I saw the recent one of these the other day – at least part of it. Its hard to catch when they are playing it. In one segment they showed a piezoelectric gizmo that is seated into the pavement of freeways, highways and surface streets which generates electricity every time a vehicle passes over it. If they put that out on Interstate 75, near where I live, we probably wouldn’t need any other power source for awhile as many cars and heavy diesel trucks are using that road every minute of every single day – and throughout most of every night, as well. (even on Sundays).

– cricketdiane

**

http://www.bloomberg.com/innovators/

Technologies that address the energy crisis present some of the biggest economic opportunities of this century.
Watch
*&*
***
Very nifty. When can we do that everywhere in America?
– cd
***
Here is the Sunbeam America site – and on the right top side of the banner they are offering some of their current electric runabout cars now –

http://www.sunbeamamerica.com/

***

American readers might remember the Sunbeam Tiger, one of the last products to be made before the Chrysler takeover and the car driven by Maxwell Smart. Simca made small family sedans to compete with Renault, Citroen and Peugeot.

http://www.allpar.com/model/eurocc.html

The Peugeot Museum in Poissy has a complete range of everything that was built or studied in Poissy, including a Dodge Omni that was sent to perform the first tests with the Peugeot diesel engine. The museum can be visited every Saturday at CAAPY, 45 Rue Jean-Pierre Timbaud, 78 Poissy.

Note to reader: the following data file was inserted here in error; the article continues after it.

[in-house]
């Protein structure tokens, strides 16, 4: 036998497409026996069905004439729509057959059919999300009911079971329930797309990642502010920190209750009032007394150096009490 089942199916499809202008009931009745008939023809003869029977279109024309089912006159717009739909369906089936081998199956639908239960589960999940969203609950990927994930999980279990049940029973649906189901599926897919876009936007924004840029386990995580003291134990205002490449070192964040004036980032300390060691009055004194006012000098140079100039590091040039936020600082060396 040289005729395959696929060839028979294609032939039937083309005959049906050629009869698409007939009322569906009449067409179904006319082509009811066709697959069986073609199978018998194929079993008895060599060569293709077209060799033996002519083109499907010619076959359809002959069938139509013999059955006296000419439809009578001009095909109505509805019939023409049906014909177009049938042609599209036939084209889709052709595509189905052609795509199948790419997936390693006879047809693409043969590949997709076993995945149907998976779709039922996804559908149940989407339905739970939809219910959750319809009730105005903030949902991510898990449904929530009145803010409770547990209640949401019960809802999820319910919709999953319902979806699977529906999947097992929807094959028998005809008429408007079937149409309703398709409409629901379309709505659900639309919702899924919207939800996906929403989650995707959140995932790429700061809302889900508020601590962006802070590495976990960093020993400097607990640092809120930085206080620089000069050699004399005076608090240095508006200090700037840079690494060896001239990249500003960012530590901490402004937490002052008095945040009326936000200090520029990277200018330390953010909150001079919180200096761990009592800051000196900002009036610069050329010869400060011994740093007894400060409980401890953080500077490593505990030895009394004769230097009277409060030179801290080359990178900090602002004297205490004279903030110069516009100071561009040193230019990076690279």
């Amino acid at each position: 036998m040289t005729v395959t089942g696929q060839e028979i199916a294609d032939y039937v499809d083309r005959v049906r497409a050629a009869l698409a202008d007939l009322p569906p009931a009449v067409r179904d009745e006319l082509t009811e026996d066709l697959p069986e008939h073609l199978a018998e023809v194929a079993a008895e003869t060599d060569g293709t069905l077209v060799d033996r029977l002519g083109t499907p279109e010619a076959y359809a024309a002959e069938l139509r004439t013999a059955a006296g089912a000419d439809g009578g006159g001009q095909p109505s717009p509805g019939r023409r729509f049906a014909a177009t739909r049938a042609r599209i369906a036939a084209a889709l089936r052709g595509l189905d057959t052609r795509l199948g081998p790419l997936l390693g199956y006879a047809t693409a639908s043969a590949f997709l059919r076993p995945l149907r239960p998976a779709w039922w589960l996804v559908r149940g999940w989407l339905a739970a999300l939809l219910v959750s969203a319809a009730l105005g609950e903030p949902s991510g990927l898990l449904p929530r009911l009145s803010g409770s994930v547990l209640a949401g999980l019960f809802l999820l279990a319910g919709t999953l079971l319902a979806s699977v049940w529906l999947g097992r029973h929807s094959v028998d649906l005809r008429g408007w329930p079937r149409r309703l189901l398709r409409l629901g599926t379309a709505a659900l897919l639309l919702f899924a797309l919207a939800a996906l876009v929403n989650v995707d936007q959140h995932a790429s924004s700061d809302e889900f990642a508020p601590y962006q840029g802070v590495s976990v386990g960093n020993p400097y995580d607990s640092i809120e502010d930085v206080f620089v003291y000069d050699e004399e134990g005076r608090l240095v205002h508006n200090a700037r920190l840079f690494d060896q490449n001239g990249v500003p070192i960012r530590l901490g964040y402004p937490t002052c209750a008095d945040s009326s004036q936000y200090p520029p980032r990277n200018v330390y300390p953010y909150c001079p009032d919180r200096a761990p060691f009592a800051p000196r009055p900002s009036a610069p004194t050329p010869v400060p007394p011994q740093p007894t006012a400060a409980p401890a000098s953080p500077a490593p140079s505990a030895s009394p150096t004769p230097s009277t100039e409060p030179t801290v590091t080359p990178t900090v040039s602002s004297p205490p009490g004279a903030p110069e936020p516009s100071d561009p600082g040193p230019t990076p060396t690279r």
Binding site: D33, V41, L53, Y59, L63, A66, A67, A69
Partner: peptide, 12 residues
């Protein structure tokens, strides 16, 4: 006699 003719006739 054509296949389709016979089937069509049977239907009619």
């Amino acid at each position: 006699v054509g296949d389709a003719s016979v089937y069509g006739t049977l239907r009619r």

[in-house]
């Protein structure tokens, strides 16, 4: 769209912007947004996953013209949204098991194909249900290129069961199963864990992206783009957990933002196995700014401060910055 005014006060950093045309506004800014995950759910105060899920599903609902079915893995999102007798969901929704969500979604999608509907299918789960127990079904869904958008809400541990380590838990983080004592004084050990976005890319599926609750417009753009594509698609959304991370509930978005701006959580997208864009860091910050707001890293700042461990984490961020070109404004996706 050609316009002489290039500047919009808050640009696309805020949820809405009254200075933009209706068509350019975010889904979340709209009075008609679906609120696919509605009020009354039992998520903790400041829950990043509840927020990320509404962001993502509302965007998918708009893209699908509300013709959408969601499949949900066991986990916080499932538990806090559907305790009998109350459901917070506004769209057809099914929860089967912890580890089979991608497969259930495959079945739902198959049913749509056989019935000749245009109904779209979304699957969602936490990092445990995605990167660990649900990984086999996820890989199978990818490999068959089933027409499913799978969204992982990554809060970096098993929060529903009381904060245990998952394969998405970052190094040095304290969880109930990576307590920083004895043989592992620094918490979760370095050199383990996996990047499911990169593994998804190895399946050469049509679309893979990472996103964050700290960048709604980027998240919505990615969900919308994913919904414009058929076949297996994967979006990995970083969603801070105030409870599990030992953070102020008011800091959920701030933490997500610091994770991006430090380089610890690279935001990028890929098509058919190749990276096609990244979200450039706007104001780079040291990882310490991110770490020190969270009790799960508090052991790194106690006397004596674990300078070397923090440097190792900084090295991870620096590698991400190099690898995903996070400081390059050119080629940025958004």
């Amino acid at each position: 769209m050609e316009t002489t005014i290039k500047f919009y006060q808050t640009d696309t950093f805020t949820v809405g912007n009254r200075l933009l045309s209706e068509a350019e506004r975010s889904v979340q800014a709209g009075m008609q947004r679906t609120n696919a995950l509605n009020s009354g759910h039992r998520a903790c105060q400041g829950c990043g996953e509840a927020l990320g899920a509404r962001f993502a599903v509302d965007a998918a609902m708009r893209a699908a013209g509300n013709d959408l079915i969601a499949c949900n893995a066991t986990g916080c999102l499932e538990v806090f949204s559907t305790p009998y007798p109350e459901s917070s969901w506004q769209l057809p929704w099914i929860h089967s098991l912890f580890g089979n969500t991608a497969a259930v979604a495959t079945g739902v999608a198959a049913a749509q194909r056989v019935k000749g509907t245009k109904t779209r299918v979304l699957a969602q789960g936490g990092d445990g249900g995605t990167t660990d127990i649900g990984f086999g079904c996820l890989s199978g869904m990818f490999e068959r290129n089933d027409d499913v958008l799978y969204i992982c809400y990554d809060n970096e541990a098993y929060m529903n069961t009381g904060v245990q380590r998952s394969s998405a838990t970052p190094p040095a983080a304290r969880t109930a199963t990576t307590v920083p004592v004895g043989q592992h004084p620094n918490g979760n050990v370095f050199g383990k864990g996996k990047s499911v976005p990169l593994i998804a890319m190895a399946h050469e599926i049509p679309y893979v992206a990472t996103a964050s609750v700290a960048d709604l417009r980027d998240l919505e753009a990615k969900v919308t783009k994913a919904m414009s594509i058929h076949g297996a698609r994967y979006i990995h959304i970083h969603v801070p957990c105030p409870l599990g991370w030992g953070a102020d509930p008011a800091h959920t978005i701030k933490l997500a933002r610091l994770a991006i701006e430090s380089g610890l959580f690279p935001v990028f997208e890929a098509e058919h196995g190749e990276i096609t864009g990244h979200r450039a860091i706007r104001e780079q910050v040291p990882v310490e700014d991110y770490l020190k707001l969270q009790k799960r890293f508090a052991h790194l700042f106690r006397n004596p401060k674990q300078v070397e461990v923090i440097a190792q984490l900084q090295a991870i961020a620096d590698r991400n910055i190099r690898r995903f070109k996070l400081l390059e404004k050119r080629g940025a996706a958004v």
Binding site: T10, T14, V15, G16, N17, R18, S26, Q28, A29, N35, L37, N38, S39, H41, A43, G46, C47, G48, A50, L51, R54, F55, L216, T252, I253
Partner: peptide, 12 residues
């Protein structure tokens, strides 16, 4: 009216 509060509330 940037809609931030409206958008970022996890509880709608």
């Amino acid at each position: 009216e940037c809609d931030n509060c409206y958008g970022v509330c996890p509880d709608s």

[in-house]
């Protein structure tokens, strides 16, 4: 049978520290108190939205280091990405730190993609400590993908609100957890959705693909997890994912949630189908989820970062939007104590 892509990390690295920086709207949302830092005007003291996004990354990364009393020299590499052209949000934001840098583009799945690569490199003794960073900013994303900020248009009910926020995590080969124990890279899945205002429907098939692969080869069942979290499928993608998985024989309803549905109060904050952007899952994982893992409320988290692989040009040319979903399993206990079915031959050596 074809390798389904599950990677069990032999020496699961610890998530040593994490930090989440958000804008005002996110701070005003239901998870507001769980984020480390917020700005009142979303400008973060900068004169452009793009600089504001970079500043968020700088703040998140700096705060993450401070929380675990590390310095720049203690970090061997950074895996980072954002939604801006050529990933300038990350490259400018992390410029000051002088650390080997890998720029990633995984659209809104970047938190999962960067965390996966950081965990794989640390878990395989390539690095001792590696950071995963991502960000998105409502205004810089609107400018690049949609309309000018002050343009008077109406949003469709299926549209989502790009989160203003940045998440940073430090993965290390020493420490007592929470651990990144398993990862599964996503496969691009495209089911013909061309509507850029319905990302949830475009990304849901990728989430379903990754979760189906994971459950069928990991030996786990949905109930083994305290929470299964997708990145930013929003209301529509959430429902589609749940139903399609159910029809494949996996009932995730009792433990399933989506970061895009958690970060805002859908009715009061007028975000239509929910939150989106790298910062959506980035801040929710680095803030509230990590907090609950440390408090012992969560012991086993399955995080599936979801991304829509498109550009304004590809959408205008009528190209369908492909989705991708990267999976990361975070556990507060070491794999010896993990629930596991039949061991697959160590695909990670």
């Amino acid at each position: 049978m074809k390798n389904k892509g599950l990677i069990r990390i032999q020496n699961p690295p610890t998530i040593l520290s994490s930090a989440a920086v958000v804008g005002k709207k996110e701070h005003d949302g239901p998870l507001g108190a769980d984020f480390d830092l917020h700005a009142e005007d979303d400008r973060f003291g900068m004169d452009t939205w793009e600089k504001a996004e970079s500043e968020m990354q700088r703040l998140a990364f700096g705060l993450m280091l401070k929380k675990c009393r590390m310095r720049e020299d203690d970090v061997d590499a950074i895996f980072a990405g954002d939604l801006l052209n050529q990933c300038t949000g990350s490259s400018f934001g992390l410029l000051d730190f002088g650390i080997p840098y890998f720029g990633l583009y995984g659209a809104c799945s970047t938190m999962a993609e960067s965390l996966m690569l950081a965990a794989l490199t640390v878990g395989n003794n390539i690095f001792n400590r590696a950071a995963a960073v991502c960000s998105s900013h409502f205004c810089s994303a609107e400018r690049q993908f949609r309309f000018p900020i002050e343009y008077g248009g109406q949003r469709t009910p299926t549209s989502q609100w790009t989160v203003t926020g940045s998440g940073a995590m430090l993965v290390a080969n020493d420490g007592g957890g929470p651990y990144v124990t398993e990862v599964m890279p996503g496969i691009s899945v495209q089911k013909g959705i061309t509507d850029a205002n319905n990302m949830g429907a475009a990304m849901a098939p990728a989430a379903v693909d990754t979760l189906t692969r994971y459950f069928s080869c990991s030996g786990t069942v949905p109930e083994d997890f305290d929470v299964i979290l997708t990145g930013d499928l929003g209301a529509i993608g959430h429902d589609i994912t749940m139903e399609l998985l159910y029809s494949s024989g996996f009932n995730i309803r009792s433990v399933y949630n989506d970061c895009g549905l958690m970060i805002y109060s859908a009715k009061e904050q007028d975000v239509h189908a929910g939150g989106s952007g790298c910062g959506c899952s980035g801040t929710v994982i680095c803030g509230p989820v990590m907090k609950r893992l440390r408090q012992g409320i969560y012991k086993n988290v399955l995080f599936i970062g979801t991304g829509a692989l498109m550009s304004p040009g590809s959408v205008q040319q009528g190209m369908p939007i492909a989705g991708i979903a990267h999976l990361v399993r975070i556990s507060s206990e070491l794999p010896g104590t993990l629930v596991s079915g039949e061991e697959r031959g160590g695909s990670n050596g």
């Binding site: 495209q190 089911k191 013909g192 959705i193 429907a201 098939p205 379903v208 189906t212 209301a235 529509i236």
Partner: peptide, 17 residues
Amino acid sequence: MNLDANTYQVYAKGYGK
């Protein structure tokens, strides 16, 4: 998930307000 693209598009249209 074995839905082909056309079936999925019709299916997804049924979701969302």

http://www.allpar.com/model/eurocc.html

Sunbeam Tiger: the car of Agent 86

Sunbeam Tiger: the car of Agent 86

Sunbeam Tiger: the car of Agent 86 - first car to do 150 mph

(from)

http://www.allpar.com/cars/adopted/sunbeam/tiger.html

Photo: Sunbeam Tiger at the Bay State Antique Automobile Club’s July 10, 2005 show (by Sfoskett)

The Sunbeam Tiger, the car driven by agent Maxwell Smart in the latest Get Smart movie, came out of the Rootes Group, which was later purchased by Chrysler Corporation.

Sunbeam started in 1899, merging with Darracq in 1920; the original Sunbeam Tiger was built by this merged company in 1925. It was originally named Ladybird, perhaps an odd name for a V12 four-liter racing car. The Sunbeam Tiger, a one-off vehicle, was the first car to exceed 150 mph and had the smallest engine of any car ever to hold the World Land Speed Record.

The combined company went bankrupt in 1934, and the remains were purchased by Rootes Group, which closed the factory, dropped the existing Sunbeam designs, and called the cars Talbot-Sunbeams for a while before placing Sunbeam at the top of the Rootes luxury order, modifying existing cars to take the Sunbeam name.

Postwar Sunbeams were raced in road rallys; one model in particular, the 90, was exceptionally successful. A new two-seat roadster called the Sunbeam Alpine, based on the 90, was made from just 1953 to 1955, but it too was very successful in racing, as was the new-for-1955 Sunbeam Rapier (whose four door version was the Hillman Minx and Singer Gazelle).

The next Alpine was a two-door convertible based on the 1959 Hillman Husky, using Rapier running gear. Carroll Shelby-prepared Alpines were entered in Le Mans in from 1961 to 1963, though in two of the three years neither Alpine made it to the finish line.

The Sunbeam Alpine was powered by 1.5 liter four-cylinder engines connected to four-speed manual transmissions with an optional electric overdrive, using front disc brakes with rear drums.

( . . . )